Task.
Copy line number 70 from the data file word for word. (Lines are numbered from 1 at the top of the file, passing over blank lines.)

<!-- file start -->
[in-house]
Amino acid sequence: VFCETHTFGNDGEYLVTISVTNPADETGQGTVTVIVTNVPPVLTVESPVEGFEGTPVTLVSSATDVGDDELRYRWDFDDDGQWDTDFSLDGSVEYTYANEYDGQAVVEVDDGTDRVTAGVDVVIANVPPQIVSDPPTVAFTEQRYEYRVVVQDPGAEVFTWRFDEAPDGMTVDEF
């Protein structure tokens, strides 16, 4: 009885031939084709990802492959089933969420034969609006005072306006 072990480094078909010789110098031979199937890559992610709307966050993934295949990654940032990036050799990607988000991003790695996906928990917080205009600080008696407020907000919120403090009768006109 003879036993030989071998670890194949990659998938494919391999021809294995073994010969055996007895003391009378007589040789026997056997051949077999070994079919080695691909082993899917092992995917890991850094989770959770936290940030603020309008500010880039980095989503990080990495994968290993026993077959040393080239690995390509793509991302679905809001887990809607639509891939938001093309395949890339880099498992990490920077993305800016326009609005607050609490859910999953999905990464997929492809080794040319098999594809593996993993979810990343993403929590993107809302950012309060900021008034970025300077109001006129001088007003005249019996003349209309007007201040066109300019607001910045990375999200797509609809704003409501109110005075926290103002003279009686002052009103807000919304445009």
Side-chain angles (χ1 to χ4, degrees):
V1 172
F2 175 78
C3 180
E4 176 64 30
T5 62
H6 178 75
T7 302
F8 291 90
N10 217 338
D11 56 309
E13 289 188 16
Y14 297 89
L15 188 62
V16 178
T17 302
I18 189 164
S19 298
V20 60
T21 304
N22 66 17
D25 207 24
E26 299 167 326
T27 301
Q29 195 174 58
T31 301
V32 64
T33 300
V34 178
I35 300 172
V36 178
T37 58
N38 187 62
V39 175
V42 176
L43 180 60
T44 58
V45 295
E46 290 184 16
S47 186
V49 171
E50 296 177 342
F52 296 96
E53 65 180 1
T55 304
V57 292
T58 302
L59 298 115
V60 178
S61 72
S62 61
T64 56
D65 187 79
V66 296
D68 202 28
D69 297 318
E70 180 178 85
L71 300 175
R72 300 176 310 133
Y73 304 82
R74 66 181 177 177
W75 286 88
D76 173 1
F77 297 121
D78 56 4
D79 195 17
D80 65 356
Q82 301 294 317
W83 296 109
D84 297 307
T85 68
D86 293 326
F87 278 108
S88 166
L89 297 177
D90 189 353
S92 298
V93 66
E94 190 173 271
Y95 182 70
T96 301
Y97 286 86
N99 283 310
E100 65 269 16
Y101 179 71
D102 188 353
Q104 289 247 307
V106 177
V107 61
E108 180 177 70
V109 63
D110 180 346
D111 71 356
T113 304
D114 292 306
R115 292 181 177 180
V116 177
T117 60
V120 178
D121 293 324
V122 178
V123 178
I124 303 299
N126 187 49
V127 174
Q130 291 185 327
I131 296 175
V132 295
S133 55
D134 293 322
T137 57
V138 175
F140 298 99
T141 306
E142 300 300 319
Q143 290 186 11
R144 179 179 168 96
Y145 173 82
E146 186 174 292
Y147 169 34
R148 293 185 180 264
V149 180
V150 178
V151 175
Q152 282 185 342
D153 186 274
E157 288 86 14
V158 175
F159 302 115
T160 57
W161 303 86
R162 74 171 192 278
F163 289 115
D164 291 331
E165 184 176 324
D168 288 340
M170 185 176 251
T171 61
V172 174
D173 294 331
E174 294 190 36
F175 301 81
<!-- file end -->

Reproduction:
D80 65 356